Spontaneous growth of 2D coordination polymers on functionalized ferromagnetic surfaces†
The spontaneous growth of lamellar metal-alkanethiolates (LMAs) on reactive ferromagnetic surfaces as a result of surface oxidation has been observed. When alkanethiol self-assembled monolayers (SAMs) grown under an inert atmosphere over cobalt or permalloy (Ni80Fe20) are exposed to air, oxygen diffuses through the molecular layer. This induces an oxidation of metal atoms at the metal surface and a release of the resulting metal cations that migrate coordinated by the alkanethiol molecules to form lamellar structures over the SAMs. This process has been imaged in real-time, under ambient conditions, by means of different microscopy techniques. The influence of the alkyl chain length, the nature of the ferromagnet, the temperature and the atmospheric moisture on the number, area and height of the resulting features has been systematically evaluated. Remarkably, the possibility to follow the migration in real-time makes it a promising model system for the study of surface/molecule interface processes. Most importantly, the composition and crystallinity of these LMAs have been studied, evidencing that real 2D coordination polymers are formed on the surface. Hence, one could envision this strategy as a new method for the assembly of more complex low-dimensional (2D) magnetic materials based on coordination polymers.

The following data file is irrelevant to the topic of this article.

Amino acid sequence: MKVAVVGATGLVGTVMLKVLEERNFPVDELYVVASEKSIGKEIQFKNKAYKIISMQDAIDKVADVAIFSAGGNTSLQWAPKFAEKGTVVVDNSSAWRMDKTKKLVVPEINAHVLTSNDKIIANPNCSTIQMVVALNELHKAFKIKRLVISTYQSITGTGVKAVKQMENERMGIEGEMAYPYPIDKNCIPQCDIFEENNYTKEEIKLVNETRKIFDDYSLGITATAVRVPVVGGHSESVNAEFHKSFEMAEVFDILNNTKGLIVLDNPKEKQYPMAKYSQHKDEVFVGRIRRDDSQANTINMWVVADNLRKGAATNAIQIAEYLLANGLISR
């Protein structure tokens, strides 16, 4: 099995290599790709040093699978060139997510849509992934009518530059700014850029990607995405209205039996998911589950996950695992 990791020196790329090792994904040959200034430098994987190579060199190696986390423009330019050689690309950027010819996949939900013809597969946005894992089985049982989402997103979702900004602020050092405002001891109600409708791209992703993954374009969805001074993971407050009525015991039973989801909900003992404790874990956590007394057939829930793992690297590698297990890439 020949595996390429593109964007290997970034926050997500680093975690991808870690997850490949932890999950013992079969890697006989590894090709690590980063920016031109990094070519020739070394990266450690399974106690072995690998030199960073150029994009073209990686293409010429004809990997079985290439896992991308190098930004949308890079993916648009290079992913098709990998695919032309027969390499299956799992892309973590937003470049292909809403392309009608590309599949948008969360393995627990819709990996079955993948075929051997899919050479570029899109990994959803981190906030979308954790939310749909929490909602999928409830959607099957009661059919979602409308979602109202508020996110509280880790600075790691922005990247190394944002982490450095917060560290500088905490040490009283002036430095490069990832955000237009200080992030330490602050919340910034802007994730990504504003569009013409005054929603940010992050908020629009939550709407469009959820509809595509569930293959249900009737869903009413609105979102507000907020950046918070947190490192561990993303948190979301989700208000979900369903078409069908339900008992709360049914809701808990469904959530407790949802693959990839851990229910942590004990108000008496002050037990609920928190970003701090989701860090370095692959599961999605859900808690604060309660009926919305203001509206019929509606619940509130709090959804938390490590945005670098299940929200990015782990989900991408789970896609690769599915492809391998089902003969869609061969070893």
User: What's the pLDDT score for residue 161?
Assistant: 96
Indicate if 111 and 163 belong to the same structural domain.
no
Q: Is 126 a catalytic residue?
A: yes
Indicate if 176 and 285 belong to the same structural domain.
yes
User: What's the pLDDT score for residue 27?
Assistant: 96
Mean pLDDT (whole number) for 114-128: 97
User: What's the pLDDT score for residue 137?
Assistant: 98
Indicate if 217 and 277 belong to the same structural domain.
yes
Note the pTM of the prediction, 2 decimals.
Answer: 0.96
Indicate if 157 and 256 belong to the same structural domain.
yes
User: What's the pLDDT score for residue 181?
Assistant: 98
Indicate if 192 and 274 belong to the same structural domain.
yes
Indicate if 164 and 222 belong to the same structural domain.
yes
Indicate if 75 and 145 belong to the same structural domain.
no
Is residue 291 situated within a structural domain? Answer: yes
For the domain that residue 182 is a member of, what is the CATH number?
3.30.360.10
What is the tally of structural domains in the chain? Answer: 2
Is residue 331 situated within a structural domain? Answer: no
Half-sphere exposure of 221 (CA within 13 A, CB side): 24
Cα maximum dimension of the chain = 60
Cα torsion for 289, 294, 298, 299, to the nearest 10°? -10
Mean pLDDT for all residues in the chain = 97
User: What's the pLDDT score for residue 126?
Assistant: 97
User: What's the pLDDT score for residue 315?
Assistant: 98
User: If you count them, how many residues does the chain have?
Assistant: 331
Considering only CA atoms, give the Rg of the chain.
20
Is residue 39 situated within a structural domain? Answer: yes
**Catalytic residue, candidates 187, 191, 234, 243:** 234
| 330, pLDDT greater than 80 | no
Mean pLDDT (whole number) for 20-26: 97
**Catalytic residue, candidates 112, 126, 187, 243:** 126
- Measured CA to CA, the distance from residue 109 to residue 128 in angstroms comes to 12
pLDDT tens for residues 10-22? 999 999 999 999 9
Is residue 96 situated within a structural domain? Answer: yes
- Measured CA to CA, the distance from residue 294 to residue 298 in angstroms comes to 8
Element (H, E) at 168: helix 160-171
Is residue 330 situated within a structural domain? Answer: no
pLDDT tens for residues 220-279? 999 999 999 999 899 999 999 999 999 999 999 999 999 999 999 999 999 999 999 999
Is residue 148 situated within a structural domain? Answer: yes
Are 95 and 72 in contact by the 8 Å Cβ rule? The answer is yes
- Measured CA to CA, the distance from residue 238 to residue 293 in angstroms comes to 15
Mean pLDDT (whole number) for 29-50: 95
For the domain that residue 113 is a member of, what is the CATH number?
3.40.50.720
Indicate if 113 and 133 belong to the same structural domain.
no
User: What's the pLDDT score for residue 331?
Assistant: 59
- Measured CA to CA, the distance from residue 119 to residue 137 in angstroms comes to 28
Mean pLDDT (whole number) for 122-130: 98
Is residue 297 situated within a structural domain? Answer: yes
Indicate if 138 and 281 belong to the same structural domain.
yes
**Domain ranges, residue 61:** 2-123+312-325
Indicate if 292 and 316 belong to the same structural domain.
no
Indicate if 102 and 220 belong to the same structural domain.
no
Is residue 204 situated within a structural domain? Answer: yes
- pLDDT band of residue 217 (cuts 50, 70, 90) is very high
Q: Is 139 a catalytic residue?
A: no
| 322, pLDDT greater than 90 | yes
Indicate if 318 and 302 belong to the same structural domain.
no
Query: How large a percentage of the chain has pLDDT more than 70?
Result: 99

- This article is part of the themed collection: 2018 Chemical Science HOT Article Collection